Noise Pop Review: Kid Koala, DJ Swayzee, Jel, J House
February 28, 2011
Written by Nic Buron
Friday night’s Noise Pop show at Mighty was a pleasant mix of those who donâ€™t get out to dance at the club that often and those who do. This had a lot to do with the contrast of acts for the evening, a clever mix of talents that united two different crowds.
Hailing from San Francisco, J House is a DJ with an artful streak. Stylistically he was all over the board in a way that in less able hands would have been a mess. He jumped from genre to genre, evoking the electronic music gods all while keeping his mind on the dance floor.
Jel makes instrumental electronic music with beats as hard as titanium, mostly live. His hands move so quick he could put non-sentient beings out of work. Using a few sample triggering devices (MPC and SP-808 to be exact), a loop pedal, and a minimal backing track, he created songs that others would have toÂ spend days programming. Jel only looked up at the crowd between songs, because like everyone else in the room, he couldnâ€™t take his eyes off his fingers.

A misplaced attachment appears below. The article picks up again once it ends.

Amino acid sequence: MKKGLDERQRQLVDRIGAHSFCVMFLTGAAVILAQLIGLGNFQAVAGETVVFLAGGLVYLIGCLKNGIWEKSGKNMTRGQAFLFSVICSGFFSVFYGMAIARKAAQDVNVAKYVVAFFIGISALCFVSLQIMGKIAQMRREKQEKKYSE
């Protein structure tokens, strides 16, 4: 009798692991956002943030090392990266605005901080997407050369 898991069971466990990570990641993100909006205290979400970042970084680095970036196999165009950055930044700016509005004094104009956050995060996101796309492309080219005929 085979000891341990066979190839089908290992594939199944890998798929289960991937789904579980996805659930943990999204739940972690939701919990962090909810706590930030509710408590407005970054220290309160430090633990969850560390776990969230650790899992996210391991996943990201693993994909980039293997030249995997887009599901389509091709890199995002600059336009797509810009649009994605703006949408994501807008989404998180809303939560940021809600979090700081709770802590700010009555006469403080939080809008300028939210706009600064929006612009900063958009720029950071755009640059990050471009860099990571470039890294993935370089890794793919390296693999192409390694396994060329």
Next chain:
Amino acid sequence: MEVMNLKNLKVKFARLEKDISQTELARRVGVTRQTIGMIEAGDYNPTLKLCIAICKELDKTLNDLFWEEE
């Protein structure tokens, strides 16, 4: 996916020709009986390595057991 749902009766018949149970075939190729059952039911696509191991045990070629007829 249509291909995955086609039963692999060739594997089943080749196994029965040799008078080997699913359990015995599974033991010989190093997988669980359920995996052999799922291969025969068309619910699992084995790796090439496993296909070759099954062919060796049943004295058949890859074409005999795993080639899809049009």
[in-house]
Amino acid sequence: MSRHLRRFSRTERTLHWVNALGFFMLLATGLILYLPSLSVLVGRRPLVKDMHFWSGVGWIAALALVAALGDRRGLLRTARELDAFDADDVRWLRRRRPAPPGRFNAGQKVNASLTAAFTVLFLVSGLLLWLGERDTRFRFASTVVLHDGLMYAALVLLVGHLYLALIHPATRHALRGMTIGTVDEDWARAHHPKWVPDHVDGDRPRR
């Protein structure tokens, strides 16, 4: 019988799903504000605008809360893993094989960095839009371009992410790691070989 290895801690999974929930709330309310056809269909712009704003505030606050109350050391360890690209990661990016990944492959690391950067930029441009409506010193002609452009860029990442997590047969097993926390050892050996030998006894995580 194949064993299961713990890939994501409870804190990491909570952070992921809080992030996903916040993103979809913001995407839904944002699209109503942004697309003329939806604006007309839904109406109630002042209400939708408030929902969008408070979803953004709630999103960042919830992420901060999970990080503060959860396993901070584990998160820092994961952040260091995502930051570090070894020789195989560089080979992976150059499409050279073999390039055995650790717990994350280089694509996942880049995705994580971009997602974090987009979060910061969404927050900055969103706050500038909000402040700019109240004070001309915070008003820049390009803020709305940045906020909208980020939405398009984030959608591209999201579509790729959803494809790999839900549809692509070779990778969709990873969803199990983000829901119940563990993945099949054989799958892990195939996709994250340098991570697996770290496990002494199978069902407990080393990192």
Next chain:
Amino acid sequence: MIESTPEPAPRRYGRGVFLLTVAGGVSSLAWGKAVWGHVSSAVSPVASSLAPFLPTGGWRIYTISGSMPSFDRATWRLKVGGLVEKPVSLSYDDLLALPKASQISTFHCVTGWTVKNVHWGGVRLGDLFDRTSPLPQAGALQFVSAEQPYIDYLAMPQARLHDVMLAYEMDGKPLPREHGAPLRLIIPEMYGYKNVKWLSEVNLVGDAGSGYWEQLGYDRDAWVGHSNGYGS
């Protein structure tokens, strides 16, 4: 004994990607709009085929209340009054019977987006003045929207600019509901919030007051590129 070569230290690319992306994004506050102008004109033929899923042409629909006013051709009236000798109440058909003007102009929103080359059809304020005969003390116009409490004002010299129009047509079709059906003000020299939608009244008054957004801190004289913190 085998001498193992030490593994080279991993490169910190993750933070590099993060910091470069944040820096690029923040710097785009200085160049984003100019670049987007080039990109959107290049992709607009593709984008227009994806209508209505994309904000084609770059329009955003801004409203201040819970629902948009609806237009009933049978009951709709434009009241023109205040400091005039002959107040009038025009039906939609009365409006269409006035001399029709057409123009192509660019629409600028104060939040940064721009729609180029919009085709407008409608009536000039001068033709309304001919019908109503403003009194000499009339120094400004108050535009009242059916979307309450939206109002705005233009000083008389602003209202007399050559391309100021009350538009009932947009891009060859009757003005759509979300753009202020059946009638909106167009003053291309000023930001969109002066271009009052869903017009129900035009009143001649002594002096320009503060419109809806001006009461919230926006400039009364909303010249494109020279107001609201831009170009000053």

San Franciscoâ€™s DJ Swayzee brought a dance club sensibility – evidenced by the fact that nearly the whole club squished onto the dance floor once the bass hit the speakers. The temperature of the club skyrocketed, so kudos to him for being the only one in the club who was able to keep their jacket on (and it was leather at that).
As a recovering turntablist nerd, I can tell you that Kid Koala made me fall off the wagon. He immediately brought back nostalgia, as I remembered the days of seeing Kid Koala and his ilk, when after the show Iâ€™d be up until 4 AM on a school night trying to replicate their moves.
Itâ€™s clear that Kid Koala doesnâ€™t reside in the turntablistâ€™s retirement home; he is as fresh as ever. Using three turntables, he executed complicated scratches, beat juggling, and brought the fire, all while trapped in a koala suit (apparently he lost a bet and has to wear the suit for a 100 shows, this being number 21). Right from the start, whether he was making nerds swoon or the crowd participate in the kids’ song he created for Yo Gabba Gabba, he had the club in the palm of his hand. When he said touch your toes, we did it.